# Physics - Kinematics - Angular Acceleration (α)

### Constant Angular Acceleration

When we looked at constant linear acceleration we were able to derive a set of equations to relate the positions, velocities and accelerations:

• v = v0 + a*t
• p = p0 + v0 t + ½ a t2
• v2 = v02 + 2 * a * p

It would be very tempting to just replace the linear values in these equations with their angular counterparts and use those for the equations of constant angular acceleration, unfortunately this would be wrong.

Unlike the linear case, angular orientation behaves differently from the angular velocity and the angular acceleration. Angular accelerations and velocities are combined by vector addition but angular orientations are combined by quaternion or matrix multiplication. In the quaternion case the two different types are related as follows:

d q(t) /dt = ½ * W(t) q(t)

Where:

• q(t) = normalised quaternion representing orientation as a function of time
• W(t) = angular velocity vector represented as quaternion with zero scalar part, i.e
• W (t ) = (0, W x (t ), W y (t ), W z (t ))
• t = time

The above case replaces

dx/dt = v

for the linear case, so we can see that the rotational equations are going to be a more complicated.

At least angular acceleration and angular velocity are both vectors (bivectors) so we can start off, in the same way that we did for the linear case, by integrating the constant acceleration:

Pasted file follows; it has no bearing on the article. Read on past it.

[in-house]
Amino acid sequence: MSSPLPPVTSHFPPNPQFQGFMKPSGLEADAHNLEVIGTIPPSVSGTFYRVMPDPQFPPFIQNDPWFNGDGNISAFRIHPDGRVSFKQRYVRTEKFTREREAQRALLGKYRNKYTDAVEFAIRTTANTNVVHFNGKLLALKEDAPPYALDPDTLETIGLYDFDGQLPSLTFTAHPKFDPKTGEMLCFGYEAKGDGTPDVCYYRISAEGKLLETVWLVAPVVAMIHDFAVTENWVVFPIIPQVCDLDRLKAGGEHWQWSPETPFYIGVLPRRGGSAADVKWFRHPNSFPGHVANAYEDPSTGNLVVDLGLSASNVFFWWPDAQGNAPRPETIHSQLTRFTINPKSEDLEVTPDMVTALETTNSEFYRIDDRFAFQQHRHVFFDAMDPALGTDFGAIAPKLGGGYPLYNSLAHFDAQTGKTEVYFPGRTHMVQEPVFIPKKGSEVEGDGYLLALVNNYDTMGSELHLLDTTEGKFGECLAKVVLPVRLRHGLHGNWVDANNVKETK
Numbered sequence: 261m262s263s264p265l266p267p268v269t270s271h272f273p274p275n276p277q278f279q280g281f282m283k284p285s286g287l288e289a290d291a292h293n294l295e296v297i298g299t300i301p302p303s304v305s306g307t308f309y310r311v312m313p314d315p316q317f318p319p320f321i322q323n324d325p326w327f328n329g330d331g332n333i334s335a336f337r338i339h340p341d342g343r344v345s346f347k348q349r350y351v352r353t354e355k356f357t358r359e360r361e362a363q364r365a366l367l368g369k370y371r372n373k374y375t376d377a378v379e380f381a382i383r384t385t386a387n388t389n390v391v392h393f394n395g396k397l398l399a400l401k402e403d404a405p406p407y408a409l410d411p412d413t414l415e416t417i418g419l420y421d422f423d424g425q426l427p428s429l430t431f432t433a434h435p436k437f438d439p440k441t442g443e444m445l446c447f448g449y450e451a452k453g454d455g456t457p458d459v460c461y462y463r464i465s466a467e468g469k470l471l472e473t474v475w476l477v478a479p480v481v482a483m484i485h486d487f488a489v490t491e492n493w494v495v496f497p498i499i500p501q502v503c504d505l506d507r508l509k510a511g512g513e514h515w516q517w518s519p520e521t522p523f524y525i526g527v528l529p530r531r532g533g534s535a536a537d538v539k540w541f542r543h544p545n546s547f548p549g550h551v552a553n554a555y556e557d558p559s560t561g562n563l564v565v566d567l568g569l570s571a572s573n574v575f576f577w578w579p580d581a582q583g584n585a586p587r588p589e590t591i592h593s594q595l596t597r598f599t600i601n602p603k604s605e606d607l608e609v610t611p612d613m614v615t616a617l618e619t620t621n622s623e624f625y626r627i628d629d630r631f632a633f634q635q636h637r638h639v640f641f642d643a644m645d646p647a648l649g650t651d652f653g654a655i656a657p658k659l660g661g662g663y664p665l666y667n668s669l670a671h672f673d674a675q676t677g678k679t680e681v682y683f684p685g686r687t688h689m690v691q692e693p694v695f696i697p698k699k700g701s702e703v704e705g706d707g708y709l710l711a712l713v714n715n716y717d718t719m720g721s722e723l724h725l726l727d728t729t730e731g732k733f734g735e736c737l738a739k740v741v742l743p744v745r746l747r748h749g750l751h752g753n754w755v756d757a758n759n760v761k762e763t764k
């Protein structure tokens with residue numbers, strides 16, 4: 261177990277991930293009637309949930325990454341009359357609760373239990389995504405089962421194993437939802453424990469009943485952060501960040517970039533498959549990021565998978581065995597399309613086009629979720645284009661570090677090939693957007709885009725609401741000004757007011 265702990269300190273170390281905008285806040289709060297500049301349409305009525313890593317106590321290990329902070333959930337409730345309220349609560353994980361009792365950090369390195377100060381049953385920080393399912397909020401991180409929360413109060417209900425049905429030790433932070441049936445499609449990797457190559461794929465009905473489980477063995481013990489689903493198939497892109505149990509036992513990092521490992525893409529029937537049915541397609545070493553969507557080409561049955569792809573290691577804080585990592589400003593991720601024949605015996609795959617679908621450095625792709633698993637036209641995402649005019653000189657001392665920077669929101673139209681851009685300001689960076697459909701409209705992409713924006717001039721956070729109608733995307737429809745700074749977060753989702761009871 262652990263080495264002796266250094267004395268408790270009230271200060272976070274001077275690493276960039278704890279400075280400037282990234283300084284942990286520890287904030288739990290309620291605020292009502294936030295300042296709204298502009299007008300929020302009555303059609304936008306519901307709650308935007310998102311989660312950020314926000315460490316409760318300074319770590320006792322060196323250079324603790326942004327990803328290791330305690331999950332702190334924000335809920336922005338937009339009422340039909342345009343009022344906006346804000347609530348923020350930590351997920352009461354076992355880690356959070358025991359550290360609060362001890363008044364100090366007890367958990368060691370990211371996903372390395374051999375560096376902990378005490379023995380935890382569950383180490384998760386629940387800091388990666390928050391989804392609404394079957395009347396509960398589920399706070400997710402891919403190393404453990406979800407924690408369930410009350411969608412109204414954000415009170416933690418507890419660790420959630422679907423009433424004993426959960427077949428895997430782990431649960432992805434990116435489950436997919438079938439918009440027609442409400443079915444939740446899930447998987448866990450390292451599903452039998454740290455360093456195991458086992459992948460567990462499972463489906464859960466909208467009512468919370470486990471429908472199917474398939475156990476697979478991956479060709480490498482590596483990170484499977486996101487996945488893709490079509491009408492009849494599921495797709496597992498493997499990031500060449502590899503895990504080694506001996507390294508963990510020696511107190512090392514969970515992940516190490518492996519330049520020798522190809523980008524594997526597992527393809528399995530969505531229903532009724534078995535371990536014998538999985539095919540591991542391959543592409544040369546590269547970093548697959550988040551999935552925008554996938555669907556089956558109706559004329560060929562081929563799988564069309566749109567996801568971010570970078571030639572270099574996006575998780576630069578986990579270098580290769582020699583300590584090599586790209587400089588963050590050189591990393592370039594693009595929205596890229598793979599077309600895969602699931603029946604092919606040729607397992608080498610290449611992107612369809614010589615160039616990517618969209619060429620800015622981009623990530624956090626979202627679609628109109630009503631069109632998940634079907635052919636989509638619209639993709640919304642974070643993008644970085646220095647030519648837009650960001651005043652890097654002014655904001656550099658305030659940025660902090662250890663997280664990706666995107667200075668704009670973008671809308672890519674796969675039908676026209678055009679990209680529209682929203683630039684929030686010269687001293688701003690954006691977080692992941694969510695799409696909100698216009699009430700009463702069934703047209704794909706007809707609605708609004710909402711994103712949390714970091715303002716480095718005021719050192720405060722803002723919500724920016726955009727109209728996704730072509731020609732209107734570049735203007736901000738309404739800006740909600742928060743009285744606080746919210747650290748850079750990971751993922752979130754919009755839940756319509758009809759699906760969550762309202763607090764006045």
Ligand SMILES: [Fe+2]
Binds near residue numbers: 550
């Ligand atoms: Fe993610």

α = dω/dt = constant

integrating both sides:

∫α dt = ωf - ωi = α * t

 where: other definitions symbol description type units α instantaneous angular acceleration about centre. bivector s-2 ωi initial instantaneous angular velocity about centre. bivector s-1 ωf final instantaneous angular velocity about centre. bivector s-1 t time scalar s

But now we want to relate this to the orientation which we do by integrating again, but this time we have to be careful, using the earlier equation:

d q(t) /dt = ½ * W(t) q(t)

substituting W(t) = α * t gives:

d q(t) /dt = ½ * α * t * q(t)

I am not sure how to continue this to get the angular equivalent of p = p0 + v0 t + ½ a t2 because in the above case q(t) appears twice.

### Dynamics Issues

In the linear case, constant acceleration happens in a constant gravity field where there is no friction, due to F=m*a.

So when would constant angular acceleration be likely to happen? We can imagine cases where the torque may be made constant, for example:

• An aeroplane with control surfaces.
• A spacecraft with maneuvering jets.

However unlike the linear case, the relationship between torque and angular acceleration is given by:

T = [I]α

where [I] is the inertia tensor (as explained on this page), this inertia tensor may be a function of orientation and therefore of time which would also make α a function of time.

Where I can, I have put links to Amazon for books that are relevant to the subject, click on the appropriate country flag to get more details of the book or to buy it from them.       Engineering Mechanics Vol 2: Dynamics - Gives theory for rigid dynamics, aims to allow prediction of effects of force and motion. Includes rotating frame of reference. Lots of colour diagrams, I guess its college / University level.

Commercial Software Shop

Where I can, I have put links to Amazon for commercial software, not directly related to the software project, but related to the subject being discussed, click on the appropriate country flag to get more details of the software or to buy it from them.   Dark Basic Professional Edition - It is better to get this professional edition    This is a version of basic designed for building games, for example to rotate a cube you might do the following: make object cube 1,100 for x=1 to 360 rotate object 1,x,x,0 next x

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